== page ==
Measures and References: Long-term Memory

Return to Long-term Memory factor page.

Measures

Numerous measures exist to gain a full picture of a student's learning strengths and challenges. Following are examples of measures used to assess this Learner Factor. These measures should be administered and interpreted by experienced professionals.

Children's Memory Scale (CMS) (Cohen, 1997): Assesses Long- and Short-term Memory in verbal, visual, and attention/concentration domains in students five to 16 years old

Test of Memory and Learning (TOMAL) (Reynolds & Voress, 2007): Measures verbal, nonverbal, and composite memory in people five to 59 years old

References

Anderson, M. C., Green, C., & Mcculloch, K. C. (2000). Similarity and inhibition in long-term memory: Evidence for a two-factor theory. Journal of Experimental Psychology: Learning Memory, and Cognition, 26(5), 1141-1159.

Andersson, U. (2008). Working memory as a predictor of written arithmetical skills in children: The importance of central executive functions. The British Journal of Educational Psychology, 78(2), 181-203.

Baddeley, A. D. (1998). The central executive: A concept and some misconceptions. Journal of the International Neuropsychological Society, 4(5), 523-526.

Bremner, J. D. (2003). Long-term effects of childhood abuse on brain and neurobiology. Child and Adolescent Psychiatric Clinics of North America, 12(2), 271-292.

Cohen, M. J. (1997). Examiner's manual: Children's Memory Scale. San Antonio, TX: Harcourt Brace & Company.

Cowan, N. (2008). What are the differences between long-term, short-term, and working memory?. Progress in Brain Research, 169, 323-338.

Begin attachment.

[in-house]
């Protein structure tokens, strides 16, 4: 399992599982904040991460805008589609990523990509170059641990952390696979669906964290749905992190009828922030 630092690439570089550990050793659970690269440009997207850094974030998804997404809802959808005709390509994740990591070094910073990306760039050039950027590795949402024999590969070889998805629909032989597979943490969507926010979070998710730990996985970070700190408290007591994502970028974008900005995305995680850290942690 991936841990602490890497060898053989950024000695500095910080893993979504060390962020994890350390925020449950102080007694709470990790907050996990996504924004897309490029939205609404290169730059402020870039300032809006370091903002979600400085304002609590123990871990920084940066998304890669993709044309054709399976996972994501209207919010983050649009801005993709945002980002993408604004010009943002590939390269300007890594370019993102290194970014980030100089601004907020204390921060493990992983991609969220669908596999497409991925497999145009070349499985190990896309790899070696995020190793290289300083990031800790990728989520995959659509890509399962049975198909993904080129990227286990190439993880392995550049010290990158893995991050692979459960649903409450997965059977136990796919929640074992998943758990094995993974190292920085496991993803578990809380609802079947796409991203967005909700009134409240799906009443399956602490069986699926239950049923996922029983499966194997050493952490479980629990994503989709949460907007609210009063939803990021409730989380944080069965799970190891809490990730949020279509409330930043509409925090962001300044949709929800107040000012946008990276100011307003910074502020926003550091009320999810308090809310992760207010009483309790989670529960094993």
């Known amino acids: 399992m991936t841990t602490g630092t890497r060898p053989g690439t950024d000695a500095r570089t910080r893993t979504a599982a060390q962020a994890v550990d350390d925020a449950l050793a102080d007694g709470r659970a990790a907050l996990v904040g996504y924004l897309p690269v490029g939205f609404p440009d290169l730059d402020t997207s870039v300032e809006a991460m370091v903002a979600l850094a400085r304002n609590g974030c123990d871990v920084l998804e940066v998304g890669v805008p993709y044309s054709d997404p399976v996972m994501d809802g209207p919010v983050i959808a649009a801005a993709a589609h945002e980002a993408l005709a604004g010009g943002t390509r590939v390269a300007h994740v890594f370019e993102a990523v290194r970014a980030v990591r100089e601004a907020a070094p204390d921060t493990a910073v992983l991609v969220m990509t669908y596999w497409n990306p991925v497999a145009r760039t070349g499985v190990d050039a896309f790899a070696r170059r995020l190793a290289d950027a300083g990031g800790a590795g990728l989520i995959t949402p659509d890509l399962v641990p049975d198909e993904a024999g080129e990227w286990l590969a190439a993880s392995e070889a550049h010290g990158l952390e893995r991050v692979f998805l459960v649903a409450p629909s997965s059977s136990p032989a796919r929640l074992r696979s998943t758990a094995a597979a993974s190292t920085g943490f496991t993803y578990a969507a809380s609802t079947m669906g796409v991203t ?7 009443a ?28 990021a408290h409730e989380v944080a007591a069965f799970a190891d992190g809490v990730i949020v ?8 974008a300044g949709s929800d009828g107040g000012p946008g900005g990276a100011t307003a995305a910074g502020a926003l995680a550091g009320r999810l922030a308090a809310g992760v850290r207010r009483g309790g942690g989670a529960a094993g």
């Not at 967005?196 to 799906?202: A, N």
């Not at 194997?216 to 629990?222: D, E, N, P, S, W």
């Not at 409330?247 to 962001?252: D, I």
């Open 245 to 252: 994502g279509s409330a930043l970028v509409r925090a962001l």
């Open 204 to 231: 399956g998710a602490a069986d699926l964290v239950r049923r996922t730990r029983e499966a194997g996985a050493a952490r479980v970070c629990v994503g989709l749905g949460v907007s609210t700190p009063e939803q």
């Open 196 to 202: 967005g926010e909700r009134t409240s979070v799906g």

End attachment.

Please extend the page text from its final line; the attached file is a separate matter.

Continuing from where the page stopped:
De Ribaupierre, A. (2002). Working memory and attentional processes across the lifespan. In P. Graf & N. Ohta (Eds.), Lifespan development of human memory (pp. 59-80). Cambridge, MA: The MIT Press.

De Smedt, B., Holloway, I. D., & Ansari, D. (2011). Effects of problem size and arithmetic operation on brain activation during calculation in children with varying levels of arithmetical fluency. NeuroImage, 57(3), 771-781.

Rapp, B., Purcell, J., Hillis, A. E., Capasso, R., & Miceli, G. (2015). Neural bases of orthographic long-term memory and working memory in dysgraphia. Brain, 139(2), 588-604.

Rasch, B., & Born, J. (2013). About sleep's role in memory. Physiological Reviews, 93(2), 681-766.

Reynolds, C. R., & Voress, J. K. (2007). Test of Memory and Learning (2nd ed.). Austin, TX: Pro-Ed.

Roussel, J. L., Fayol, M., & Barrouillet, P. (2002). Procedural vs. direct retrieval strategies in arithmetic: A comparison between additive and multiplicative problem solving. European Journal of Cognitive Psychology, 14(1), 61-104.

Simmons, F. R., & Singleton, C. (2008). Do weak phonological representations impact on arithmetic development? A review of research into arithmetic and dyslexia. Dyslexia, 14(2), 77-94.

Stein, M. B., Koverola, C., Hanna, C., Torchia, M. G., & McClarty, B. (1997). Hippocampal volume in women victimized by childhood sexual abuse. Psychological Medicine, 27(04), 951-959.

Swanson, H. L., & Sachse-Lee, C. (2001). Mathematical problem solving and working memory in children with learning disabilities: Both executive and phonological processes are important. Journal of Experimental Child Psychology, 79(3), 294-321.

Qin, S., Cho, S., Chen, T., Rosenberg-Lee, M., Geary, D. C., & Menon, V. (2015). Hippocampal-neocortical functional reorganization underlies children's cognitive development. Nature Neuroscience, 17(9), 1263-1269.